*• But the plots on p. 288 (redrawn on next page)*

demonstrate that convergence to the true option value
*oscillates with n.*

*• Extrapolation is inapplicable at this stage.*

5 10 15 20 25 30 35 n

11.5 12 12.5 13

Call value

0 10 20 30 40 50 60 n

15.1 15.2 15.3 15.4 15.5

Call value

### Improving BOPM with Extrapolation (concluded)

*• Take the at-the-money option in the left plot on p. 761.*

*• The sequence with odd n turns out to be monotonic*
and smooth (see the left plot on p. 763).^{a}

*• Apply extrapolation (104) on p. 759 with n*_{2} *= n*_{1} + 2,
*where n*_{1} is odd.

*• Result is shown in the right plot on p. 763.*

*• The convergence rate is amazing.*

*• See Exercise 9.3.8 of the text (p. 111) for ideas in the*
general case.

5 10 15 20 25 30 35 n

12.2 12.4 12.6 12.8 13 13.2 13.4

Call value

5 10 15 20 25 30 35 n

12.11 12.12 12.13 12.14 12.15 12.16 12.17

Call value

*Numerical Methods*

All science is dominated by the idea of approximation.

— Bertrand Russell

### Finite-Diﬀerence Methods

*• Place a grid of points on the space over which the*
desired function takes value.

*• Then approximate the function value at each of these*
points (p. 767).

*• Solve the equation numerically by introducing diﬀerence*
equations in place of derivatives.

0 0.05 0.1 0.15 0.2 0.25 80

85 90 95 100 105 110 115

### Example: Poisson’s Equation

*• It is ∂*^{2}*θ/∂x*^{2} *+ ∂*^{2}*θ/∂y*^{2} = *−ρ(x, y), which describes the*
electrostatic ﬁeld.

*• Replace second derivatives with ﬁnite diﬀerences*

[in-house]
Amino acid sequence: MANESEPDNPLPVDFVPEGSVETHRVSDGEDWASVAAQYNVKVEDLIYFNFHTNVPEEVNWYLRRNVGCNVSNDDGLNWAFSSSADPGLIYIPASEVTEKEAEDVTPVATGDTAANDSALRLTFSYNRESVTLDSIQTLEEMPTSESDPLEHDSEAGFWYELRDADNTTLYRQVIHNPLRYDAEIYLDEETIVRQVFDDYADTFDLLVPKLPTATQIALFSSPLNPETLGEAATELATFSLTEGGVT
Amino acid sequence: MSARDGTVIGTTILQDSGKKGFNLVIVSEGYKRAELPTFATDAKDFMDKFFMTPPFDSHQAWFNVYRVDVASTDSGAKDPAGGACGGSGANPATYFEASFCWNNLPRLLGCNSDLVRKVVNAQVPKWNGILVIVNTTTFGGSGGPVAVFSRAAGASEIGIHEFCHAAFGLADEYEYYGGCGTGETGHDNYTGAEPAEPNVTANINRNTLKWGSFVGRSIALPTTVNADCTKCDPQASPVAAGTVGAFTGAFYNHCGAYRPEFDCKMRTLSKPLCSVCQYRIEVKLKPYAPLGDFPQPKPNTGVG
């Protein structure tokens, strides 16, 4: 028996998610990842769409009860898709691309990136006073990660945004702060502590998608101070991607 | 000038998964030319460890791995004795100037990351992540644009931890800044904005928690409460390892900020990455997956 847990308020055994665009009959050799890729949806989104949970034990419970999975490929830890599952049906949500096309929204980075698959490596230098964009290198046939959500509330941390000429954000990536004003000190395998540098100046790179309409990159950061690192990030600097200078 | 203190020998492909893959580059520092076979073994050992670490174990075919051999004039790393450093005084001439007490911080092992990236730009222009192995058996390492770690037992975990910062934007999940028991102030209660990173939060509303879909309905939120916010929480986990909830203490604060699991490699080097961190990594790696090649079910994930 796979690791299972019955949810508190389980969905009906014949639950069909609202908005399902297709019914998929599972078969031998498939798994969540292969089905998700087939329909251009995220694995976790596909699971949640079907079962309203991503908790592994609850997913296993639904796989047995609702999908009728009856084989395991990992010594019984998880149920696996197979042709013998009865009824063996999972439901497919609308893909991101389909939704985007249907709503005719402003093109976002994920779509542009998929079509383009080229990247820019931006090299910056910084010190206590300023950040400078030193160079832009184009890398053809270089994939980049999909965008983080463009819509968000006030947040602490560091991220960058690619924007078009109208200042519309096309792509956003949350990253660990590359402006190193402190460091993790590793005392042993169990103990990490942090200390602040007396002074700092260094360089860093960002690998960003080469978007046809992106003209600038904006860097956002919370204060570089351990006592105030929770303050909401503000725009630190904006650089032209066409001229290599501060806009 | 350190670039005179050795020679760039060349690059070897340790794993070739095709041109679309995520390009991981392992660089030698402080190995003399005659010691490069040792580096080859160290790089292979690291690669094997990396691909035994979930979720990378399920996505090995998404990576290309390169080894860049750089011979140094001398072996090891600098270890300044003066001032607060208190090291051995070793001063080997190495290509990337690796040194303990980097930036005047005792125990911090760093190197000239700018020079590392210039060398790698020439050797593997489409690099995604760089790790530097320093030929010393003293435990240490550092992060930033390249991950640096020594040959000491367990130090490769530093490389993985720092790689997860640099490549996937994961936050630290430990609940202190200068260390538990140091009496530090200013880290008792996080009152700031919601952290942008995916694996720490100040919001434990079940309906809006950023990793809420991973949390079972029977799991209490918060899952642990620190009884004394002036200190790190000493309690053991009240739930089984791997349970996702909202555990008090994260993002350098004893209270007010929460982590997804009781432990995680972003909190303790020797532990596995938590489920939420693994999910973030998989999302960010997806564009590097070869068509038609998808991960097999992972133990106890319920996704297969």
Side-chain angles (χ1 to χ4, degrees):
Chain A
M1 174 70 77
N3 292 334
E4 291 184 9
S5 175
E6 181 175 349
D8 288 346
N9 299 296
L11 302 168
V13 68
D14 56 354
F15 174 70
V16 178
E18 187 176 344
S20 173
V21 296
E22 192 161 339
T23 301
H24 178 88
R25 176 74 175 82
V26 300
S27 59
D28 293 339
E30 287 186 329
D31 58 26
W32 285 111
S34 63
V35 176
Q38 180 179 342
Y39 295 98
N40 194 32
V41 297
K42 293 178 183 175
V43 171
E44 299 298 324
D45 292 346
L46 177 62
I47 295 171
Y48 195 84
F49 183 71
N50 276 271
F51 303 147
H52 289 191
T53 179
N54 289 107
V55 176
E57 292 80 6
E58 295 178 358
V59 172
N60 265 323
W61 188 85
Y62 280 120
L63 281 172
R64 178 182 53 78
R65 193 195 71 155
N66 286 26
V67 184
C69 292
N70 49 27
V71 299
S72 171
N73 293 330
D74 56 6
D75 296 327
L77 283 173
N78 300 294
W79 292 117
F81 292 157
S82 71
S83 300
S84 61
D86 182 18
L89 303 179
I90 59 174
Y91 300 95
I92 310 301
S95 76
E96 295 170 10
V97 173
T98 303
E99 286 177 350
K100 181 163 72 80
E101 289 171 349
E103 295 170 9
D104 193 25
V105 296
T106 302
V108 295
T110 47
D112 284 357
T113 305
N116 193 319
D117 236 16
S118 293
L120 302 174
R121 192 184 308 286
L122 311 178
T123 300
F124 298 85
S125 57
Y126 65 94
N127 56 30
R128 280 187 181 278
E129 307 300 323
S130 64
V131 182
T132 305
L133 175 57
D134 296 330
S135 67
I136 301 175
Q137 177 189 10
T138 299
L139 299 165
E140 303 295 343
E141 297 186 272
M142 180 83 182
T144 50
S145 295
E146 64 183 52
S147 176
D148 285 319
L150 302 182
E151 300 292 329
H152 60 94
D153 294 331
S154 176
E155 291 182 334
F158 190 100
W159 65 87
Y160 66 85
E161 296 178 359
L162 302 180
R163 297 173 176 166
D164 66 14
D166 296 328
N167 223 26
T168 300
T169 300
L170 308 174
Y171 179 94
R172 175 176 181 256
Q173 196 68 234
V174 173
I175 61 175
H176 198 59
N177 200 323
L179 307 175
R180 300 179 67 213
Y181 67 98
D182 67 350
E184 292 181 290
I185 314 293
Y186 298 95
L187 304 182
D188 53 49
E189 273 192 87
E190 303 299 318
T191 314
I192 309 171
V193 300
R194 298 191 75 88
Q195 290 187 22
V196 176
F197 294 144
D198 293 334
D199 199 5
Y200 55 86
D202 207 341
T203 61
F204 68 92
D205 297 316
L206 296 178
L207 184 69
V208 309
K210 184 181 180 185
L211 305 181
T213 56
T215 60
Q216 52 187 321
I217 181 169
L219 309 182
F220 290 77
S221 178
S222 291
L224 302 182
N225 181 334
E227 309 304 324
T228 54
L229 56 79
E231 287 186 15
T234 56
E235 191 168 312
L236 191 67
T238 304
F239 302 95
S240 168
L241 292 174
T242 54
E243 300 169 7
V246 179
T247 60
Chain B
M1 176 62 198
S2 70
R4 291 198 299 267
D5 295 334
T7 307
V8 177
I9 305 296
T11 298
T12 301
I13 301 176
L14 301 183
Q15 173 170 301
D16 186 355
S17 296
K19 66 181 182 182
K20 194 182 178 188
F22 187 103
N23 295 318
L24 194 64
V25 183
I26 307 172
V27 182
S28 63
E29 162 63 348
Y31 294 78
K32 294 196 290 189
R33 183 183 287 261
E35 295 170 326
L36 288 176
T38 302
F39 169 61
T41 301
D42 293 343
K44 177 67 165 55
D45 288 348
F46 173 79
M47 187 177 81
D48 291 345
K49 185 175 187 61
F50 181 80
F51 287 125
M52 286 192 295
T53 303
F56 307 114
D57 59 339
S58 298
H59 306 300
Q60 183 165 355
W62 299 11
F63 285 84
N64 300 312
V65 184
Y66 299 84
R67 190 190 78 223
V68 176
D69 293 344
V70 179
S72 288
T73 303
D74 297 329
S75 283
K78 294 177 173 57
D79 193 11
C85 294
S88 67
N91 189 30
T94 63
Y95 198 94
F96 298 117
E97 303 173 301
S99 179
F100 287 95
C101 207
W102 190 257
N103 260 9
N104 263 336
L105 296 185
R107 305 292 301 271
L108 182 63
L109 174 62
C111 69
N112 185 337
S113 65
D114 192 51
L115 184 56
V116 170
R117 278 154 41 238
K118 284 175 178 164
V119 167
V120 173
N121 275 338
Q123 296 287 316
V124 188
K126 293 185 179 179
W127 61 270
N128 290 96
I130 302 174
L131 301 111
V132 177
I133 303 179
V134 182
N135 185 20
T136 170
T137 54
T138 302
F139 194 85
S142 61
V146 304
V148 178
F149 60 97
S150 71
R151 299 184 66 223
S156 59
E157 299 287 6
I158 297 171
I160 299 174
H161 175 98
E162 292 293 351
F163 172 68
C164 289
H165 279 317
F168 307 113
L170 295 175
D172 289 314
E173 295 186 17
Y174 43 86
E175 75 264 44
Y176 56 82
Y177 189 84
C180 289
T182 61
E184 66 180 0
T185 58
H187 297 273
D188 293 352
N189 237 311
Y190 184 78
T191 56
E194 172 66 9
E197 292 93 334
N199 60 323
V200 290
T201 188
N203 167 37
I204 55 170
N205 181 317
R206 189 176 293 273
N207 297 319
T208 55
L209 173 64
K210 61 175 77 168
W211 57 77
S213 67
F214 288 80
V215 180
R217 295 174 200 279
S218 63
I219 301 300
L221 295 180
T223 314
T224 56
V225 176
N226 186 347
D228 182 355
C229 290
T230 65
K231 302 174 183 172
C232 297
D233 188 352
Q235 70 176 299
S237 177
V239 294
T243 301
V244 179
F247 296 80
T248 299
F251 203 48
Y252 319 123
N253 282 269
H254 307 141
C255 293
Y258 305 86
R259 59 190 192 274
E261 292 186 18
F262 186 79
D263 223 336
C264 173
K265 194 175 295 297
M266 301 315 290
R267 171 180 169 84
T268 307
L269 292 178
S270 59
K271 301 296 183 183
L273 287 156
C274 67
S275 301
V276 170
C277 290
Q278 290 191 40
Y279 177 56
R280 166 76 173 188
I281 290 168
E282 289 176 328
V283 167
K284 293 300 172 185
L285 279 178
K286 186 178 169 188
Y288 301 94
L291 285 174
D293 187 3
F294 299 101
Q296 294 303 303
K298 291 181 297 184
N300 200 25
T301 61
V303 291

through central diﬀerence.

*• Introduce evenly spaced grid points with distance of Δx*
*along the x axis and Δy along the y axis.*

*• The ﬁnite diﬀerence form is*

*−ρ(x*_{i}*, y** _{j}*) =

*θ(x*

_{i+1}*, y*

*)*

_{j}*− 2θ(x*

_{i}*, y*

_{j}*) + θ(x*

_{i−1}*, y*

*)*

_{j}*(Δx)*

^{2}

+*θ(x*_{i}*, y** _{j+1}*)

*− 2θ(x*

_{i}*, y*

_{j}*) + θ(x*

_{i}*, y*

*)*

_{j−1}*(Δy)*^{2} *.*

### Example: Poisson’s Equation (concluded)

*• In the above, Δx* *= x*^{Δ} _{i}*− x*_{i−1}*and Δy* *= y*^{Δ} _{j}*− y** _{j−1}* for

*i, j = 1, 2, . . . .*

*• When the grid points are evenly spaced in both axes so*
*that Δx = Δy = h, the diﬀerence equation becomes*

*−h*^{2}*ρ(x*_{i}*, y*_{j}*) = θ(x*_{i+1}*, y*_{j}*) + θ(x*_{i−1}*, y** _{j}*)

*+θ(x*

_{i}*, y*

_{j+1}*) + θ(x*

_{i}*, y*

*)*

_{j−1}*− 4θ(x*

_{i}*, y*

_{j}*).*

*• Given boundary values, we can solve for the x** _{i}*s and the

*y*

*s within the square [*

_{j}*±L, ±L ].*

*• From now on, θ** _{i,j}* will denote the ﬁnite-diﬀerence

*approximation to the exact θ(x*

_{i}*, y*

*).*

_{j}### Explicit Methods

*• Consider the diﬀusion equation*